Then we moved on to the poem, "Stopping by the Woods" by Robert Frost. After I read the third line my children, quite of their own accord, started drawing what they were hearing. It was so natural for them. Creating a tangible reminder of what they pictured in their head was important to them and certainly cemented the ideas into their young brains. Creating art is naturally and gracefully included in this manual.

4) The grammar is basic, quick, and painless. I don't believe in rushing young children into learning "concepts." When a child turns eight, you can start to formalize your instruction a little bit. Before that, you are better off (IMHO) to keep their interest in learning high and keep close tabs on when they are ready for something new. Nothing turns brains off faster than grammar. Unless you're like me--extremely sick. My children love everything about the poetry and artwork and they don't hate the grammar. That's awesome. Queen (the author) keeps things very simple and age appropriate. I think it is a practically perfect language arts primer.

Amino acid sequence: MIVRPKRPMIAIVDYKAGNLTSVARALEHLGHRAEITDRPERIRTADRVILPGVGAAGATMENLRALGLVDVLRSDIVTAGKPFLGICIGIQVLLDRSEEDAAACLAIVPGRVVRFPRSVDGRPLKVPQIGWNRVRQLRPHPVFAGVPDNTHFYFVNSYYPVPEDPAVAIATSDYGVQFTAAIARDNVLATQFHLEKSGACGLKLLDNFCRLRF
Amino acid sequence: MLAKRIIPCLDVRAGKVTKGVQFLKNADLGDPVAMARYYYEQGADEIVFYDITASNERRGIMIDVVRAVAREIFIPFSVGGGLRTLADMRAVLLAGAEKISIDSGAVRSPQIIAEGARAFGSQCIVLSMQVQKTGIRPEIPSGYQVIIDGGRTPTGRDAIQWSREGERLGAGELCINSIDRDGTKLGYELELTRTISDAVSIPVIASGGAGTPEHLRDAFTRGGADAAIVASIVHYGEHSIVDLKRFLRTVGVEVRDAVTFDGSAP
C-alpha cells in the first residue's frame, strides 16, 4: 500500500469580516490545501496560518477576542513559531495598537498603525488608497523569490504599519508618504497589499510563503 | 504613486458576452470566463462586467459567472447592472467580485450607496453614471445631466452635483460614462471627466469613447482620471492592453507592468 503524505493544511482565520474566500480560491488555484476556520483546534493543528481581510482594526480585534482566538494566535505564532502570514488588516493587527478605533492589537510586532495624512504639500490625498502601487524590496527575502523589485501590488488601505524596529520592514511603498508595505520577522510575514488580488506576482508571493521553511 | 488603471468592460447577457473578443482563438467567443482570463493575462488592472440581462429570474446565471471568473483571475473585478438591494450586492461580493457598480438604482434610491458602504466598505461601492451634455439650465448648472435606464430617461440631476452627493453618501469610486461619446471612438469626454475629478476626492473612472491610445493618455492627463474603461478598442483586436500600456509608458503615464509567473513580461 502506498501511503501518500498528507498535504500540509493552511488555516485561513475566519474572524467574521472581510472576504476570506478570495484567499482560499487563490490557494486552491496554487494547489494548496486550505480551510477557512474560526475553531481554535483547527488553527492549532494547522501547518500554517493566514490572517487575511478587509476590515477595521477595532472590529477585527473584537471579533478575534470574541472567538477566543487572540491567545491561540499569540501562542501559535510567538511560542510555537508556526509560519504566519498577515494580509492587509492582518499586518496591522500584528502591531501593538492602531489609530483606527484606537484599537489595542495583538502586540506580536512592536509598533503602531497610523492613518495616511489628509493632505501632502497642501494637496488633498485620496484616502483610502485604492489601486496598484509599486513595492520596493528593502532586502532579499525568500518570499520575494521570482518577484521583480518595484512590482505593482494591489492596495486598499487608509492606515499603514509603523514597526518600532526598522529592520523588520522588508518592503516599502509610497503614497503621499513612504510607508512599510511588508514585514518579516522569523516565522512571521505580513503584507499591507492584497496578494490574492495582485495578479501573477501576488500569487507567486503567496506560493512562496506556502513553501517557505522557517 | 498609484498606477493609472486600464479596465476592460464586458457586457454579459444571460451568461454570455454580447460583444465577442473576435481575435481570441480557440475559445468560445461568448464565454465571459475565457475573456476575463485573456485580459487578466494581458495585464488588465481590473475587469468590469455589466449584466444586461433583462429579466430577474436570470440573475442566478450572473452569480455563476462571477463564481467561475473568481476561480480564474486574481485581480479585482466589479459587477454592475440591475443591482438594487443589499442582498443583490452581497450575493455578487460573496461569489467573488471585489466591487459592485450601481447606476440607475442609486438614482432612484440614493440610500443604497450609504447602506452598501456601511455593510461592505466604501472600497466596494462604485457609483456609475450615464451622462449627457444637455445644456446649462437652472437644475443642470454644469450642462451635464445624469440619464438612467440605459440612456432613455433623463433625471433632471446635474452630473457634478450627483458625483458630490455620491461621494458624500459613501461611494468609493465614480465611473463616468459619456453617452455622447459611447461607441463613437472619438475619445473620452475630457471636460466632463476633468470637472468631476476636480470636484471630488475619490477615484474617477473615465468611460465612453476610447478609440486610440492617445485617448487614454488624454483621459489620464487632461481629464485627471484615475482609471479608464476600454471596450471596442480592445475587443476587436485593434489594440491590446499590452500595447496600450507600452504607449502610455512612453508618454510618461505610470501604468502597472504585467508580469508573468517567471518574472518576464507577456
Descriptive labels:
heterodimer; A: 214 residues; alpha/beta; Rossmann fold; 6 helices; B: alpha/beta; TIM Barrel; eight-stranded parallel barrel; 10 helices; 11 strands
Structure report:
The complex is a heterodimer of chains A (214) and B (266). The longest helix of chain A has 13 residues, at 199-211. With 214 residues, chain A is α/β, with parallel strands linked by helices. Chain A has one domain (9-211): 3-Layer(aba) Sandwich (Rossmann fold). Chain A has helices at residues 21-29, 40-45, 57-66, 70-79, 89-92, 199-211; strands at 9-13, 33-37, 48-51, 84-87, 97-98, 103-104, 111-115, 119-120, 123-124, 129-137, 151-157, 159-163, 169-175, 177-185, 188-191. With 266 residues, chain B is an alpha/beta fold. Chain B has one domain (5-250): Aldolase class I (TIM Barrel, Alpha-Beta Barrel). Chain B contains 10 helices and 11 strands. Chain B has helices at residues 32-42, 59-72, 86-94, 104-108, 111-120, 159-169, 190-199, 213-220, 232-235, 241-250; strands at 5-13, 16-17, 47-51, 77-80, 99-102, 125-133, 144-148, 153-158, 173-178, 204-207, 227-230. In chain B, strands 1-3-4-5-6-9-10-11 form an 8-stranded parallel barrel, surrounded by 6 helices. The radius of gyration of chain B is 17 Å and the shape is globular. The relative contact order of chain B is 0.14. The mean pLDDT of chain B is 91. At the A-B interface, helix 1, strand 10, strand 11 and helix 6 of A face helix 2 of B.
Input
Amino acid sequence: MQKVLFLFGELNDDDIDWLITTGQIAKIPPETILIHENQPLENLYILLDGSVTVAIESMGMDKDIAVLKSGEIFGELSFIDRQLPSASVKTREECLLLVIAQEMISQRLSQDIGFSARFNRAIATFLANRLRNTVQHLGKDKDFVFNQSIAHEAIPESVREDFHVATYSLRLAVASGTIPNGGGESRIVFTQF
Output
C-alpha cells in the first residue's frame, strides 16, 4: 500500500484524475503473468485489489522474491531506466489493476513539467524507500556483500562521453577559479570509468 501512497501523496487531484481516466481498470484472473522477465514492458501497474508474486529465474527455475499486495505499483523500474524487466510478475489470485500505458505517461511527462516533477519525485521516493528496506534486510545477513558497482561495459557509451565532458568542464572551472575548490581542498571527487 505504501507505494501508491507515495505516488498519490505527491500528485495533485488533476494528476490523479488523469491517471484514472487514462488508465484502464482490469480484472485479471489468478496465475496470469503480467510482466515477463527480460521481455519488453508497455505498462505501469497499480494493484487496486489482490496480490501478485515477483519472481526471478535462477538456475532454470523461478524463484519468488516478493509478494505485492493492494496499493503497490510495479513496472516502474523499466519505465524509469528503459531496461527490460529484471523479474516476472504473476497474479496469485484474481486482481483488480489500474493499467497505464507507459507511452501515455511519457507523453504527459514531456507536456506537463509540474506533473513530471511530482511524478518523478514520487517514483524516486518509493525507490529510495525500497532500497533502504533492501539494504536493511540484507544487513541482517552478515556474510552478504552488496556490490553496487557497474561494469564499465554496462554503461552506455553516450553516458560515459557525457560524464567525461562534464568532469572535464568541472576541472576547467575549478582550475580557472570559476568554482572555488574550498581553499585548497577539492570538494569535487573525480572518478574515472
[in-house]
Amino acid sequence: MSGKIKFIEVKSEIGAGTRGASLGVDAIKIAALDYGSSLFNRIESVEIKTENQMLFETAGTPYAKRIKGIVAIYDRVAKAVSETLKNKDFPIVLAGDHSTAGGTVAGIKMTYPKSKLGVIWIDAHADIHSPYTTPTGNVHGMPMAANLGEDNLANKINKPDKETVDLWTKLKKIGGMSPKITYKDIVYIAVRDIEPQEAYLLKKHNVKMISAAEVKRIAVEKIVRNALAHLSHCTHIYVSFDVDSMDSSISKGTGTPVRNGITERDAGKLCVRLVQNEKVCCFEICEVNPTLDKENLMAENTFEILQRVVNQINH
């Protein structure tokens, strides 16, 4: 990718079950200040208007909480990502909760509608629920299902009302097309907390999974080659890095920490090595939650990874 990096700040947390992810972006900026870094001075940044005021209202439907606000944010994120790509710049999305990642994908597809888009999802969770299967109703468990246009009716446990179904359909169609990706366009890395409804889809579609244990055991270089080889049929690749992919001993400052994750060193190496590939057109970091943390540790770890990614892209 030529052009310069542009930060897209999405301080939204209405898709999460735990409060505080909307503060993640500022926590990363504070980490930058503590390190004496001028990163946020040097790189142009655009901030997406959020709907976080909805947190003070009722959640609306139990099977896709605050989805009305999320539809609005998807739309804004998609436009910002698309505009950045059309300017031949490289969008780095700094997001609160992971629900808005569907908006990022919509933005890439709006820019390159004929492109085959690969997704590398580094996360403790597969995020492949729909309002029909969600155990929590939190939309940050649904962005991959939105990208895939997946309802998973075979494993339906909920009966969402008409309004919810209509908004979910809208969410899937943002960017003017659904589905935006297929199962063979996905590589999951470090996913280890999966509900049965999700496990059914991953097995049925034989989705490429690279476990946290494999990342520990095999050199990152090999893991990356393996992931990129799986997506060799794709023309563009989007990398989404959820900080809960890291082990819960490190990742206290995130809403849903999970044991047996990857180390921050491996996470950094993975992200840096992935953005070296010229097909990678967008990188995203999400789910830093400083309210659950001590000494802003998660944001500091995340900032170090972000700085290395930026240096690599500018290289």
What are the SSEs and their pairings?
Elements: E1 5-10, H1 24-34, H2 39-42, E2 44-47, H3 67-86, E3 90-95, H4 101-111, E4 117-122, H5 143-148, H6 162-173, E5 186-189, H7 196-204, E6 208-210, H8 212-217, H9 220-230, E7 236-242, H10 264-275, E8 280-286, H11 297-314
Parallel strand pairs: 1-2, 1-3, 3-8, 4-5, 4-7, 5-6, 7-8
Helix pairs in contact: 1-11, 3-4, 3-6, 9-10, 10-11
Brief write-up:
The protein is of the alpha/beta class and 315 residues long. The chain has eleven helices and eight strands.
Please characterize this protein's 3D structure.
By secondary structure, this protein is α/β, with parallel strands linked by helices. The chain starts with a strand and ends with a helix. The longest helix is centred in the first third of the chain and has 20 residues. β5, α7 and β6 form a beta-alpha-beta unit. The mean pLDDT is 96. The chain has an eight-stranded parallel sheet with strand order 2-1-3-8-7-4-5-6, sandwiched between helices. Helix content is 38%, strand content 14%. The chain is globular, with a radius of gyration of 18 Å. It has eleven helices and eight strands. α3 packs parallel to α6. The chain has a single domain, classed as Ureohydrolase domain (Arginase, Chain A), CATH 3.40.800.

In some reviews, people mentioned that they didn't like the quantity of copywork. I also think the amount of copywork is overkill and I've already mentioned that my daughter hates writing. That is an easy problem to fix though--don't make your child do all the copywork. Miriam writes two sentences a week. She acts like I'm killing her, but then she has fun reading through the poem to pick her favorite lines to copy.

Also, the book can be used as a workbook, but since I'm all about reduce, reuse, and save money, I just do all the assignments in a scribbler.